Consumers nationwide are struggling in new, alarming ways to manage the economic challenges of price inflation and shortages of necessary goods. Rapid increases in the cost of gasoline, groceries, and other household items have a particularly harsh impact on those with the least wiggle room in their budgets, namely everyday citizens and small businesses.
While the federal government expresses interest in mitigating inflation on one hand, it is also guilty of reaching deeper and deeper into consumers wallets. Case in point: the U.S. Postal Service. Ix`x`
Price increases are just one part of the full scope of consumer impacts, and we must ask serious questions about how and why the Postal Service makes its decisions.
It’s no secret that the USPS has a monopoly on the delivery of mail, including all correspondence, notices, greeting cards, invitations, bills, payments, promotional material, and so on. This fact has unfortunately allowed USPS’ leaders to blatantly take advantage of consumers. Earlier this Spring, the Postmaster General proclaimed that price gouging will go on at an “uncomfortable rate.”
Whether the nation’s lawmakers are aware of it or not, they passed major legislation in March (The Postal Service Reform Act) that will force users of the mail system to pay between $35 billion-$52 billion more over several years. To add insult to injury, the legislation also sets the stage for significant U.S. mail slowdowns. Just weeks after the enactment of the bill, USPS began taking an axe to its delivery network to close and consolidate facilities across the country, including 500 processing locations, 1,000 transfer hubs, and more.
The revenue shifts as a result of the new USPS law do not stop there. The agency has also benefited from about $50 billion in financial relief to significantly draw down its unfunded liabilities that have accumulated over many years. Prior to this, Congress allocated $10 billion to the Postal Service in mid-2020. Another $5.9 billion may also be tacked on to support USPS’ electric vehicle purchases.
Beyond taxpayer implications, a major point of the law is the new “integrated delivery network” provision. The term amounts to a mandate to deliver mail and packages together six days a week, but beyond that, the term is only loosely defined. To the USPS’ detriment, the integrated network fails to assert any semblance of rational accounting procedures to understand how each service is performing financially.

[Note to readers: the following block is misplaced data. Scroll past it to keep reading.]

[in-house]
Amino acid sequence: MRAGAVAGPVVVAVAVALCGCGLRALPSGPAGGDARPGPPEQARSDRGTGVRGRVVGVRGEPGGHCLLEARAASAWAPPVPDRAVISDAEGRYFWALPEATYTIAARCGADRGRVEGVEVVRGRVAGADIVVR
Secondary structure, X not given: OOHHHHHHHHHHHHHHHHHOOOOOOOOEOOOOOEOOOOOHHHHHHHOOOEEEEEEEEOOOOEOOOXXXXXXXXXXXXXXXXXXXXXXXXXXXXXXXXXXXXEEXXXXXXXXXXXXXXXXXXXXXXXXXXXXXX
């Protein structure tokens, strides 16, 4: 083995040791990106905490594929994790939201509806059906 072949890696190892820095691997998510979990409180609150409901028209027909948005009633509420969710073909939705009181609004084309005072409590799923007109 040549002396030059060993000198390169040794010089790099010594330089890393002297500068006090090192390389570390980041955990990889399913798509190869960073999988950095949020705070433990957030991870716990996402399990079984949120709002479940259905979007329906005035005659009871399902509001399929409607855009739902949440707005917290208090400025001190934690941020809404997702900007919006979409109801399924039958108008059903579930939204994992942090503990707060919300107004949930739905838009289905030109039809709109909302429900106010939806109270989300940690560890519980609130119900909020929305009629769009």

Ordinarily, a firm offering products and services at scale would work tirelessly to examine the data of its ledger and assess which parts of the operation are fruitful and which are dragging the business down. Such evaluations are essential for having confidence in quick corrective actions. In the case of the Postal Service, the integration of networks leaves the institution meandering in managerial darkness and in danger of piling onto its debts that had been in the range of $188 billion according to the Government Accountability Office.
The Postal Service can certainly thank lawmakers, and especially leadership of the House Committee on Oversight and Reform , and the Senate Homeland Security and Government Affairs Committee, for their generosity trimming down these debts using billions of taxpayer dollars. The fiscal relief may buy the Postal Service some time to stay afloat for the months ahead, but the ultimate affect of the law will be wholly dismal. The agency will continue, in perpetuity, to be willingly uninformed about the intricacies of its financial health.
Specifically, the new law means cementing USPS’ preferred system of forcing large shares of costs onto its core letter mail operation for the clear purpose of having the resources necessary to attempt competitive package shipping. After 15 consecutive years of multi-billion dollar losses, it’s clear that the risk and cost shifting hasn’t worked.
The next time Congress examines the Postal Service, let’s hope that they can undo the chaos they created with the Postal Service Reform Act of 2022. A commonsense approach to require USPS to organize its finances will be considerably better than asking consumers and taxpayers to make “uncomfortable” contributions again and again.
Steve Pociask is president and CEO of the American Consumer Institute, a nonprofit research organization. For more information about the Institute, visit www.TheAmericanConsumer.Org and follow us on twitter @ConsumerPal.oes here
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